Visitor Services

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Our visitor services goal is to provide visitors of all abilities with wildlife-dependent recreation, interpretation, and evnironmental education opportunities that foster an appreciation and understanding of the unique wildlife, plant communities, and cultural resources of the Montana Prairie Pothole Region.



  • Hunting and Trapping

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    Public hunting of migratory gamebirds (ducks, geese, coot, swan, sandhill crane, and mourning dove), and upland gamebirds (pheasant, sharp-tailed grouse, greater sage grouse, gray partridge) is permitted in the designated portions of the refuge (about 40%).  See public use regulations for more specific information about our hunt program.

    Hunting is an important wildlife management tool that we recognize as a healthy, traditional outdoor pastime, deeply rooted in America’s heritage.  Hunting can instill a unique understanding and appreciation of wildlife, their behavior, and their habitat needs.

    As practiced on refuges, hunting, trapping and fishing do not pose a threat to wildlife populations, and in some instances are necessary for sound wildlife management. 

    Hunting programs can promote understanding and appreciation of natural resources and their management on lands and waters in the Refuge System.

    To find out more about hunting opportunities, seasons and regulations on Bowdoin NWR, please contact us.

    Trapping may occur for wildlife management purposes as designated by the manager, and under a Special Use Permit.  Please contact the manager for more information.

  • Wildlife Viewing

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    If you enjoy getting outdoors and looking for wildlife, consider a visit to your nearest national wildlife refuge!  From birding to viewing speedy pronghorn antelope wildlife observation is the most popular activity for refuge visitors.

    Visitor facilities at the refuge are a 15 mile long, self-guided auto tour road; a 0.4 mile accessible trail with and overlook deck, and photo blind; three boat launches, two on Lake Bowdoin and one on Drumbo (boating is only allowed during the waterfowl hunting season).

  • Interpretation

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    Refuge System interpretation programs provide opportunities for visitors to make their own connections to the natural world.  From self-guided walks to ranger-led programs, many national wildlife refuges help visitors learn more about the wildlife and habitat behind the landscapes.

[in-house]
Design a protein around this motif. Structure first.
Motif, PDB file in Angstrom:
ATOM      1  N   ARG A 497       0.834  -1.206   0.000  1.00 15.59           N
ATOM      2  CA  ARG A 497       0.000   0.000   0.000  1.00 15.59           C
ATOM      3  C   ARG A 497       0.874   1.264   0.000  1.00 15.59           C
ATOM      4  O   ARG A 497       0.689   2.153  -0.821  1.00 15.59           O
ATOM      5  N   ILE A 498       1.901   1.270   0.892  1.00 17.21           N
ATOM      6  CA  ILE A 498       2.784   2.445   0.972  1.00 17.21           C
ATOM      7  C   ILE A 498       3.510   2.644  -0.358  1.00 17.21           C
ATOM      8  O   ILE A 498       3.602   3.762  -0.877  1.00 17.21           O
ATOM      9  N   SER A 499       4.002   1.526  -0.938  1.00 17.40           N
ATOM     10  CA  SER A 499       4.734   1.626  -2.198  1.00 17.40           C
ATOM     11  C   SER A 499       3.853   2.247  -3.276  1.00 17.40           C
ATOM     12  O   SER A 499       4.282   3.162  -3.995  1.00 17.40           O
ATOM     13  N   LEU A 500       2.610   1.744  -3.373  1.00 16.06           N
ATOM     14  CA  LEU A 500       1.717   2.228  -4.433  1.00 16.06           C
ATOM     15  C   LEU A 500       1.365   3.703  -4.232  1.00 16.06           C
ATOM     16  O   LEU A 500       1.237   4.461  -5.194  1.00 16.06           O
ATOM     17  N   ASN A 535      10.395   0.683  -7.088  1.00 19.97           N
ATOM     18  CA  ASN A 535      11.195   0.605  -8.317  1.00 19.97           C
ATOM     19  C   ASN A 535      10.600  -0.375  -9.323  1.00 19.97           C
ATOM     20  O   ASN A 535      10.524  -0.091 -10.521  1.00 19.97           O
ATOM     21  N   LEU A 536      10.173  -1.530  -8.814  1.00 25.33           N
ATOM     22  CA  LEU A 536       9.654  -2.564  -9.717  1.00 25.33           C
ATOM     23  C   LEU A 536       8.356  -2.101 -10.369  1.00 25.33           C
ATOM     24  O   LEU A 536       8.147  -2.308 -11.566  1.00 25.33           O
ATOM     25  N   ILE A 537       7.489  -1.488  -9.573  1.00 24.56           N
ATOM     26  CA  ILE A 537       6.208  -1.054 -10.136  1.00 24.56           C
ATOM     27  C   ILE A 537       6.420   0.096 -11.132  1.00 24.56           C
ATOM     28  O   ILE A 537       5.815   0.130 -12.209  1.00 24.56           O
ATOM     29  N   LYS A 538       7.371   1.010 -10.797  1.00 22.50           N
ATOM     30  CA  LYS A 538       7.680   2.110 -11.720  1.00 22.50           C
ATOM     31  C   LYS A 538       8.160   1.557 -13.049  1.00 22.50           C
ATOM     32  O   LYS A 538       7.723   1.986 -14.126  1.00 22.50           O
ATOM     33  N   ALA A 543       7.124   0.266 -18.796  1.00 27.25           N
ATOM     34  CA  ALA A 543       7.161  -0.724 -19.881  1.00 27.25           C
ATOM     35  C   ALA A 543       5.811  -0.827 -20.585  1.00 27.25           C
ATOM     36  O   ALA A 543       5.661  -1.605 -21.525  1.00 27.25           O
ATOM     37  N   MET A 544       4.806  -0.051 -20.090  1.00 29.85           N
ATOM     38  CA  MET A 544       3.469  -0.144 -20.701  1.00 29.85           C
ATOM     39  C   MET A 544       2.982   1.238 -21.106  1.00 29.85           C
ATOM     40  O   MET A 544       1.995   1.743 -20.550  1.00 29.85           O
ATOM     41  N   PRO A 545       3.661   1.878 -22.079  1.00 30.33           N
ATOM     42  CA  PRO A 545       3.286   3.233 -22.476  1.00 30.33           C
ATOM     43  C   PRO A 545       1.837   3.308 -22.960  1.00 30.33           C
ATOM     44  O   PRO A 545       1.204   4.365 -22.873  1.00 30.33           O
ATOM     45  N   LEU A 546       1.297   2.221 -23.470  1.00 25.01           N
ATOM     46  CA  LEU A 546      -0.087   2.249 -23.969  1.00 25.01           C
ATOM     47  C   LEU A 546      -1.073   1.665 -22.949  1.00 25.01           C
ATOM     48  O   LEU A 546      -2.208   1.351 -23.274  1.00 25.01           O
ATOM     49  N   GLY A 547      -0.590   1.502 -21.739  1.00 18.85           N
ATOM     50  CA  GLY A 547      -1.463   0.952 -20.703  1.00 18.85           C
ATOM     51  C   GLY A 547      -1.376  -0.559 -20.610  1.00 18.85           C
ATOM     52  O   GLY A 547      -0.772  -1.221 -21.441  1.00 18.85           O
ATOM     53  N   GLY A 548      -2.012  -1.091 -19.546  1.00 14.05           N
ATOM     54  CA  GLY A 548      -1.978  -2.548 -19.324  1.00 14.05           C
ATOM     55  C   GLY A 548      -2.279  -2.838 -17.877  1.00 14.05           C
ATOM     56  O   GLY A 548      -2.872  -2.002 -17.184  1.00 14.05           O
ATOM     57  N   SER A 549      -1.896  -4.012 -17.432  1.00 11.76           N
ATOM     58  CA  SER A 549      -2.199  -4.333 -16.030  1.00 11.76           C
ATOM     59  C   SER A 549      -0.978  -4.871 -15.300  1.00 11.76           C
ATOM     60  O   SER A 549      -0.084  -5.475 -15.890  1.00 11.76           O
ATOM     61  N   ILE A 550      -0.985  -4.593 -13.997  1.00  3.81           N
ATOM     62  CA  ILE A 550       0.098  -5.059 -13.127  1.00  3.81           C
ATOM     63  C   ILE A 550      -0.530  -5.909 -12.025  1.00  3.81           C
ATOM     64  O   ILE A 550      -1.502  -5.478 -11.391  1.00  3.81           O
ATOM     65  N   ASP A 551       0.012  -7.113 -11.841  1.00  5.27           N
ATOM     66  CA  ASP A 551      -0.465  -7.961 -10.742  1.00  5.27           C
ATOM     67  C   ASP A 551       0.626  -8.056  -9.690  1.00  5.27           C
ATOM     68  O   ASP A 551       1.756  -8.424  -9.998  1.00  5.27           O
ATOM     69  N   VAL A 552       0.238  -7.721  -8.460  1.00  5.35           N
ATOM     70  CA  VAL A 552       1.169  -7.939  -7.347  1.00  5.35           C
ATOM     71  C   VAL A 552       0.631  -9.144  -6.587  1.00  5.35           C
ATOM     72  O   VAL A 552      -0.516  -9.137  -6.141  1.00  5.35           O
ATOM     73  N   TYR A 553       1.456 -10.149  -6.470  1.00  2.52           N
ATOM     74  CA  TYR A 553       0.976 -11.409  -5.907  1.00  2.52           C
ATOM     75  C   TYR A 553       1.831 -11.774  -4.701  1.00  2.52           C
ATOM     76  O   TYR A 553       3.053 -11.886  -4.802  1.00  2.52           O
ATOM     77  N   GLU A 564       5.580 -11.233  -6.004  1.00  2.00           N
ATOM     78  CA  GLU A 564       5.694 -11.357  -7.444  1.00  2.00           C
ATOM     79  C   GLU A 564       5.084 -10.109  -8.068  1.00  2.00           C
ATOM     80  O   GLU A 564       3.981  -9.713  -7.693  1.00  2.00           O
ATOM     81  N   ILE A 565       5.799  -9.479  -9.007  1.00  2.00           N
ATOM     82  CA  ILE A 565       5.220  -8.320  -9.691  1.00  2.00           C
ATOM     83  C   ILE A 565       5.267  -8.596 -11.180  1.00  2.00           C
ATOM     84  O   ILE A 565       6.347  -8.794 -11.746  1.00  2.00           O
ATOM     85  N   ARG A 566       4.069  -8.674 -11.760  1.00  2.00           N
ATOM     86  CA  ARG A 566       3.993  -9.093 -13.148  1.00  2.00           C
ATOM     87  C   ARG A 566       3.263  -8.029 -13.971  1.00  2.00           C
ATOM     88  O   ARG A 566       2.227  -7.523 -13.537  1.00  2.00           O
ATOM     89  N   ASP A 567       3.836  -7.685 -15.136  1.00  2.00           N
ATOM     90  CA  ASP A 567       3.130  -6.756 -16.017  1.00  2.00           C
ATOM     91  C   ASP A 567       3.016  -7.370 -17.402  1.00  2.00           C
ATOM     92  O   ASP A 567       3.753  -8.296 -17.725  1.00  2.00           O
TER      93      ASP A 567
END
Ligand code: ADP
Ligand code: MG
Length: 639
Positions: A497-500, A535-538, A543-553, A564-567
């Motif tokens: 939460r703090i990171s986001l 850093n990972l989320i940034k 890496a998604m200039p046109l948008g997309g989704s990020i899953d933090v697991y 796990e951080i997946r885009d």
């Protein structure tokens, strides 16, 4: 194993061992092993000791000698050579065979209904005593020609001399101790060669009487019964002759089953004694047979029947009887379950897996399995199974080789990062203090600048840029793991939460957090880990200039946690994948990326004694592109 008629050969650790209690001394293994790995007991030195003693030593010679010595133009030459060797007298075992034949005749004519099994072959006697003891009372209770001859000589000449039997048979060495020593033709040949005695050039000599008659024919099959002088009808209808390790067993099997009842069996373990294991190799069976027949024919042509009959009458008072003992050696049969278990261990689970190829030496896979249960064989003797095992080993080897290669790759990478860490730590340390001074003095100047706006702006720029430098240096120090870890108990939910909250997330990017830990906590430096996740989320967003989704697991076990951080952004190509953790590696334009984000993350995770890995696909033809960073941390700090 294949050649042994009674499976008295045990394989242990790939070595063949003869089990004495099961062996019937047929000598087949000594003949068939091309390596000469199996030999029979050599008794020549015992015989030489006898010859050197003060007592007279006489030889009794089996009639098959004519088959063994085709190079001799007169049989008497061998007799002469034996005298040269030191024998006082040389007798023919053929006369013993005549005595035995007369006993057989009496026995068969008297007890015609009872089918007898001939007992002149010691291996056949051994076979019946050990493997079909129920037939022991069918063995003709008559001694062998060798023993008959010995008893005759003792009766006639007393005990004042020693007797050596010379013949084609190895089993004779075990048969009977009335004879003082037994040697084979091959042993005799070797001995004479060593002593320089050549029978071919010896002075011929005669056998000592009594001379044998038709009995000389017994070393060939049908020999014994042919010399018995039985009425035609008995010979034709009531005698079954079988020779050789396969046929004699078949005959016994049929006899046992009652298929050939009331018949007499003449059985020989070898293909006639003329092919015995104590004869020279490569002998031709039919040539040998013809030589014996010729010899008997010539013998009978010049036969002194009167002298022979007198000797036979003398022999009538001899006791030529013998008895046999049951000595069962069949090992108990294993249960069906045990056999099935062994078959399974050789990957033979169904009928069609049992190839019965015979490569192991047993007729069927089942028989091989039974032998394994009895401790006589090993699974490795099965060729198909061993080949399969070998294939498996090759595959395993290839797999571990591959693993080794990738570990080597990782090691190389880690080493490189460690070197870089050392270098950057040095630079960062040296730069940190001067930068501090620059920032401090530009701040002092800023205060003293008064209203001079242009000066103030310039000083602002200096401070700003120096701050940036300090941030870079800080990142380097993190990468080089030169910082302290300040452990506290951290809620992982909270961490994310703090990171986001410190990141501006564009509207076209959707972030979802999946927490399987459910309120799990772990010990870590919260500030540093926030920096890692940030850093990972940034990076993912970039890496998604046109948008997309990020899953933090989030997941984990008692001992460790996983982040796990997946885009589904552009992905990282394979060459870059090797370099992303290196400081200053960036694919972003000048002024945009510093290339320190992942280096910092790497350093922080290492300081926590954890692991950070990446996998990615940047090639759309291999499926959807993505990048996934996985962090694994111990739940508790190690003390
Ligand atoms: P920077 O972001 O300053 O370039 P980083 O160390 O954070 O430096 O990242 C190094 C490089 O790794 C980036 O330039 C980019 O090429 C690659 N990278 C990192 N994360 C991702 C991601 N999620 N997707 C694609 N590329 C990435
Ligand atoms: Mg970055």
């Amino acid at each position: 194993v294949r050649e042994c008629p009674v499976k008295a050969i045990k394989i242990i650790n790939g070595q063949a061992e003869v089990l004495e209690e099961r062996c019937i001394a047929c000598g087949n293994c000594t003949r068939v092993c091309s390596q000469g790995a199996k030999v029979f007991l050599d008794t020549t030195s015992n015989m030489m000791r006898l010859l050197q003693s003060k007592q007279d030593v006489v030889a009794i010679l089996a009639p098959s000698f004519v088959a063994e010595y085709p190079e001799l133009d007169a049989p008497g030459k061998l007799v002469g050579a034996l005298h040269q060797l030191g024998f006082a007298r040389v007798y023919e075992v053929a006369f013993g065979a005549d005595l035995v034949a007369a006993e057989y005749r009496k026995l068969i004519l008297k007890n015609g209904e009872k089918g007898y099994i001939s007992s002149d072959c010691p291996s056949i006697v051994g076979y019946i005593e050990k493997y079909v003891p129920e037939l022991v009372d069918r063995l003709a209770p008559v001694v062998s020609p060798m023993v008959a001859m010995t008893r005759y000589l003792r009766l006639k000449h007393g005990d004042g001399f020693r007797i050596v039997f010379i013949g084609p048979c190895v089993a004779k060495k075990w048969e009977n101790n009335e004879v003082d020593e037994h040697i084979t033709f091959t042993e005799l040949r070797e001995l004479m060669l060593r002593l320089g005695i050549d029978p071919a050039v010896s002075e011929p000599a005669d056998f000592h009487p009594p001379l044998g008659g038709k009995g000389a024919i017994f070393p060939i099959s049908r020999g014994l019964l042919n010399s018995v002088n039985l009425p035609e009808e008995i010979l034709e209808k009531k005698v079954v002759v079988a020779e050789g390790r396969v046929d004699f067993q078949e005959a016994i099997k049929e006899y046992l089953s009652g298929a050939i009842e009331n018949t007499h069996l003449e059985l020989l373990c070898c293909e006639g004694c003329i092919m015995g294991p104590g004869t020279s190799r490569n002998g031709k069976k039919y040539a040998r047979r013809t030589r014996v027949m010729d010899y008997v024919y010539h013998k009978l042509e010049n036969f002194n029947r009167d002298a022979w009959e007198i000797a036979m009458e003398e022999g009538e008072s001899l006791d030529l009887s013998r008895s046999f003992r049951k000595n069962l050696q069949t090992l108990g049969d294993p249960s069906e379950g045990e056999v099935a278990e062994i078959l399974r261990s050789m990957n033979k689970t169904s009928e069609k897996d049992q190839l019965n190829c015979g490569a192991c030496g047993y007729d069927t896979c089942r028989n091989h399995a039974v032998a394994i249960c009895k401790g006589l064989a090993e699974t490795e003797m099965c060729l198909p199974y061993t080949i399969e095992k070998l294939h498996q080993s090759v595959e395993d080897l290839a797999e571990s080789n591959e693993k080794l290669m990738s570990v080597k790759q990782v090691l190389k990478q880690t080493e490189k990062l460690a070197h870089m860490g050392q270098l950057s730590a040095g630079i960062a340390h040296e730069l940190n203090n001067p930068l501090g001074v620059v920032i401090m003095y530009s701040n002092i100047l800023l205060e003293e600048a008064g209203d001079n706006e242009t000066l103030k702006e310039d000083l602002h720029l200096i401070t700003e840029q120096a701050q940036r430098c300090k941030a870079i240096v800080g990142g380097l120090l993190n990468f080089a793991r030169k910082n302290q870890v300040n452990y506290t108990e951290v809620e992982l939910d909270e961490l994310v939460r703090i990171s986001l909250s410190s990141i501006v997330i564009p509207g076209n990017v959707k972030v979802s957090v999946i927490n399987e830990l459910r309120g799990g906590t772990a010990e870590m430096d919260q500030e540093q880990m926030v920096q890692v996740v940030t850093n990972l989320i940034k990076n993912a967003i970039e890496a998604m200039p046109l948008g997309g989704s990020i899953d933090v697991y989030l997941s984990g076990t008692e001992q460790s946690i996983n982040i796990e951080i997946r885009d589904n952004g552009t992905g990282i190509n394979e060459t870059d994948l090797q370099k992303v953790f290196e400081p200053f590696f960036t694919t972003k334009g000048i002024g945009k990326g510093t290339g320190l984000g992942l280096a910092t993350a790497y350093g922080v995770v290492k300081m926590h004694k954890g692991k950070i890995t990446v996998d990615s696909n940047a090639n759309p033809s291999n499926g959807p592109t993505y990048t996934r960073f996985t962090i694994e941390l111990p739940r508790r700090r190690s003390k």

In addition to staff and volunteers presenting programs to audiences, refuges use a variety of exhibits, signs, brochures, and electronic media to communicate natural history stories to visitors.  Printed and virtual information is often available on many topics, including plants and animals, seasonal migrations, habitats, refuge management strategies, and endangered species.


  • Environmental Education

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    National Wildlife Refuges serve many purposes, and one of our most important roles is as outdoor classrooms to teach about wildlife and natural resources.  Many refuges offer environmental education programs for a variety of audiences.  Refuges provide unique and exciting outdoor environments – excellent locations for hands-on learning activities.  Thousands of youth and adult groups visit every year to learn about a specific topic on wildlife, habitat, or ecological processes.

    Is your school, youth, environmental or other group interested in learning more about the wildlife, plants, habitats and ecology of a particular national wildlife refuge?  Contact us or visit Bowdoin NWR to check on program availability and reservation policies.  Refuges are wild places, and we want to teach you more about them!

  • Photography

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    Perhaps the fastest growing activity on national wildlife refuges in the past ten years has been wildlife photography.  That’s not surprising – the digital camera population explosion and cell phones with ever-improving picture-taking abilities are increasing the number of nature photographers at a rapid rate.  You don’t need to purchase expensive equipment or have any experience to get started.  A small camera or basic cell phone will do just fine for most visitors.

    Nearly 12 million people visit outdoor areas each year to photograph wildlife, and national wildlife refuges naturally are at the top of the list.  Refuges provide enhanced opportunities to photograph wildlife in natural habitats by providing platforms, brochures, interpreters, viewing areas, and tour routes.  Wildlife photography is a high-priority activity in the Refuge System.  We welcome beginning and expert photographers alike to record their outdoor adventures on film, memory card or internal hard drive!